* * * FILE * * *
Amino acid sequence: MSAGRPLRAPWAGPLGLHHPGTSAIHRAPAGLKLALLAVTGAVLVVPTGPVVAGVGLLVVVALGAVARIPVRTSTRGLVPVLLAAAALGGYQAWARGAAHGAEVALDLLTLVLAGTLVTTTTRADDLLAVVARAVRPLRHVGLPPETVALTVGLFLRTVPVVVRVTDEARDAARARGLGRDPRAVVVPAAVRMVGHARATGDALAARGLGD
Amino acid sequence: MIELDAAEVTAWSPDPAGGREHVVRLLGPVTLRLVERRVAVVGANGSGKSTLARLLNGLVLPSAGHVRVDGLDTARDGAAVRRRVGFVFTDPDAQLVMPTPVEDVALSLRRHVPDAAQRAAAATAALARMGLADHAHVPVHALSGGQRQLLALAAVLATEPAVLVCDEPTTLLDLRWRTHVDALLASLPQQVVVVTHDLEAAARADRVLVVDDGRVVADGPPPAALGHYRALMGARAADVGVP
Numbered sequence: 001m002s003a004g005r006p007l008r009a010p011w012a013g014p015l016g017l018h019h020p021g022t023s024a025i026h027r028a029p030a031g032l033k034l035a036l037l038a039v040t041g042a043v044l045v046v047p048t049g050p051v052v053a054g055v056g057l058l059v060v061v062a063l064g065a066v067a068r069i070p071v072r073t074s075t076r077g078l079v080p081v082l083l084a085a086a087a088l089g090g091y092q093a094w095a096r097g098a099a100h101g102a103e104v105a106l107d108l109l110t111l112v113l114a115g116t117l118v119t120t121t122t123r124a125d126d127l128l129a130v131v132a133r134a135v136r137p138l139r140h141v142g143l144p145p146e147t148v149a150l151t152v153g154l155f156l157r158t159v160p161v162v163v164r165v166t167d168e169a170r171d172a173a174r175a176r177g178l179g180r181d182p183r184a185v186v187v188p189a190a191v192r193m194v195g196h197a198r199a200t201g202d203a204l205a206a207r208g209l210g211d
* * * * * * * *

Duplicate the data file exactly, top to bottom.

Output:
Amino acid sequence: MSAGRPLRAPWAGPLGLHHPGTSAIHRAPAGLKLALLAVTGAVLVVPTGPVVAGVGLLVVVALGAVARIPVRTSTRGLVPVLLAAAALGGYQAWARGAAHGAEVALDLLTLVLAGTLVTTTTRADDLLAVVARAVRPLRHVGLPPETVALTVGLFLRTVPVVVRVTDEARDAARARGLGRDPRAVVVPAAVRMVGHARATGDALAARGLGD
Amino acid sequence: MIELDAAEVTAWSPDPAGGREHVVRLLGPVTLRLVERRVAVVGANGSGKSTLARLLNGLVLPSAGHVRVDGLDTARDGAAVRRRVGFVFTDPDAQLVMPTPVEDVALSLRRHVPDAAQRAAAATAALARMGLADHAHVPVHALSGGQRQLLALAAVLATEPAVLVCDEPTTLLDLRWRTHVDALLASLPQQVVVVTHDLEAAARADRVLVVDDGRVVADGPPPAALGHYRALMGARAADVGVP
Numbered sequence: 001m002s003a004g005r006p007l008r009a010p011w012a013g014p015l016g017l018h019h020p021g022t023s024a025i026h027r028a029p030a031g032l033k034l035a036l037l038a039v040t041g042a043v044l045v046v047p048t049g050p051v052v053a054g055v056g057l058l059v060v061v062a063l064g065a066v067a068r069i070p071v072r073t074s075t076r077g078l079v080p081v082l083l084a085a086a087a088l089g090g091y092q093a094w095a096r097g098a099a100h101g102a103e104v105a106l107d108l109l110t111l112v113l114a115g116t117l118v119t120t121t122t123r124a125d126d127l128l129a130v131v132a133r134a135v136r137p138l139r140h141v142g143l144p145p146e147t148v149a150l151t152v153g154l155f156l157r158t159v160p161v162v163v164r165v166t167d168e169a170r171d172a173a174r175a176r177g178l179g180r181d182p183r184a185v186v187v188p189a190a191v192r193m194v195g196h197a198r199a200t201g202d203a204l205a206a207r208g209l210g211d